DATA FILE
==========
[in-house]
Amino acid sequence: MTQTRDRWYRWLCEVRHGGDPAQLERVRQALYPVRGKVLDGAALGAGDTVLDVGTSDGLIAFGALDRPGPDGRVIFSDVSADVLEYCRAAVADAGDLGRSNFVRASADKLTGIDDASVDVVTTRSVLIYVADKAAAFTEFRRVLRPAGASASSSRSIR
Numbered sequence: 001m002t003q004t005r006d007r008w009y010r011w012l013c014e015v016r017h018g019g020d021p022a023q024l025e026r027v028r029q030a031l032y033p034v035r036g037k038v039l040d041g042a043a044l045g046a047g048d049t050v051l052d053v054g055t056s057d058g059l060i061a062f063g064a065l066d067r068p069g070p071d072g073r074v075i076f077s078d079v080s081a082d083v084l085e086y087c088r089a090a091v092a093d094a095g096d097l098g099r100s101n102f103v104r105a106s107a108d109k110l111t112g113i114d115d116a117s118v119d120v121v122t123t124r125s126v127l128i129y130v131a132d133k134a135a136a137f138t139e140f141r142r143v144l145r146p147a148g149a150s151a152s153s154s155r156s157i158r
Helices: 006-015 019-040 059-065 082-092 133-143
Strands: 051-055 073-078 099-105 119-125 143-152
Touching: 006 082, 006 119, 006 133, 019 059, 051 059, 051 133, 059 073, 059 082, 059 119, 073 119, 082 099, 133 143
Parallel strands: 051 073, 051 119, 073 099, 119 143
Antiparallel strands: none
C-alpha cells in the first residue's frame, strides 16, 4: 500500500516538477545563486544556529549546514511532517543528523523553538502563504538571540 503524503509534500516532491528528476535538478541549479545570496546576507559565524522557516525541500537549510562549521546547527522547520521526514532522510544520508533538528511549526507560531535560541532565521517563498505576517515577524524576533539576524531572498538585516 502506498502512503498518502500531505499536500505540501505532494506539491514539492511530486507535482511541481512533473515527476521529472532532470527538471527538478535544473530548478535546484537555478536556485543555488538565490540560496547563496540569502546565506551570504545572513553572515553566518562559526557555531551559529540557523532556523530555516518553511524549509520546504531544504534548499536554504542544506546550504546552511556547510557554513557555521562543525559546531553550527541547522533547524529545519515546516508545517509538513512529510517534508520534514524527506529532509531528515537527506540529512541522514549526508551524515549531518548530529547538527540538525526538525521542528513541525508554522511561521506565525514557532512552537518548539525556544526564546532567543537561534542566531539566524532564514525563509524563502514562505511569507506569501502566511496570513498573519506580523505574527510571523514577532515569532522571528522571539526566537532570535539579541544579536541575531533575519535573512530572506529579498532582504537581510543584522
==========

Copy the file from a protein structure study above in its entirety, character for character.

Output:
[in-house]
Amino acid sequence: MTQTRDRWYRWLCEVRHGGDPAQLERVRQALYPVRGKVLDGAALGAGDTVLDVGTSDGLIAFGALDRPGPDGRVIFSDVSADVLEYCRAAVADAGDLGRSNFVRASADKLTGIDDASVDVVTTRSVLIYVADKAAAFTEFRRVLRPAGASASSSRSIR
Numbered sequence: 001m002t003q004t005r006d007r008w009y010r011w012l013c014e015v016r017h018g019g020d021p022a023q024l025e026r027v028r029q030a031l032y033p034v035r036g037k038v039l040d041g042a043a044l045g046a047g048d049t050v051l052d053v054g055t056s057d058g059l060i061a062f063g064a065l066d067r068p069g070p071d072g073r074v075i076f077s078d079v080s081a082d083v084l085e086y087c088r089a090a091v092a093d094a095g096d097l098g099r100s101n102f103v104r105a106s107a108d109k110l111t112g113i114d115d116a117s118v119d120v121v122t123t124r125s126v127l128i129y130v131a132d133k134a135a136a137f138t139e140f141r142r143v144l145r146p147a148g149a150s151a152s153s154s155r156s157i158r
Helices: 006-015 019-040 059-065 082-092 133-143
Strands: 051-055 073-078 099-105 119-125 143-152
Touching: 006 082, 006 119, 006 133, 019 059, 051 059, 051 133, 059 073, 059 082, 059 119, 073 119, 082 099, 133 143
Parallel strands: 051 073, 051 119, 073 099, 119 143
Antiparallel strands: none
C-alpha cells in the first residue's frame, strides 16, 4: 500500500516538477545563486544556529549546514511532517543528523523553538502563504538571540 503524503509534500516532491528528476535538478541549479545570496546576507559565524522557516525541500537549510562549521546547527522547520521526514532522510544520508533538528511549526507560531535560541532565521517563498505576517515577524524576533539576524531572498538585516 502506498502512503498518502500531505499536500505540501505532494506539491514539492511530486507535482511541481512533473515527476521529472532532470527538471527538478535544473530548478535546484537555478536556485543555488538565490540560496547563496540569502546565506551570504545572513553572515553566518562559526557555531551559529540557523532556523530555516518553511524549509520546504531544504534548499536554504542544506546550504546552511556547510557554513557555521562543525559546531553550527541547522533547524529545519515546516508545517509538513512529510517534508520534514524527506529532509531528515537527506540529512541522514549526508551524515549531518548530529547538527540538525526538525521542528513541525508554522511561521506565525514557532512552537518548539525556544526564546532567543537561534542566531539566524532564514525563509524563502514562505511569507506569501502566511496570513498573519506580523505574527510571523514577532515569532522571528522571539526566537532570535539579541544579536541575531533575519535573512530572506529579498532582504537581510543584522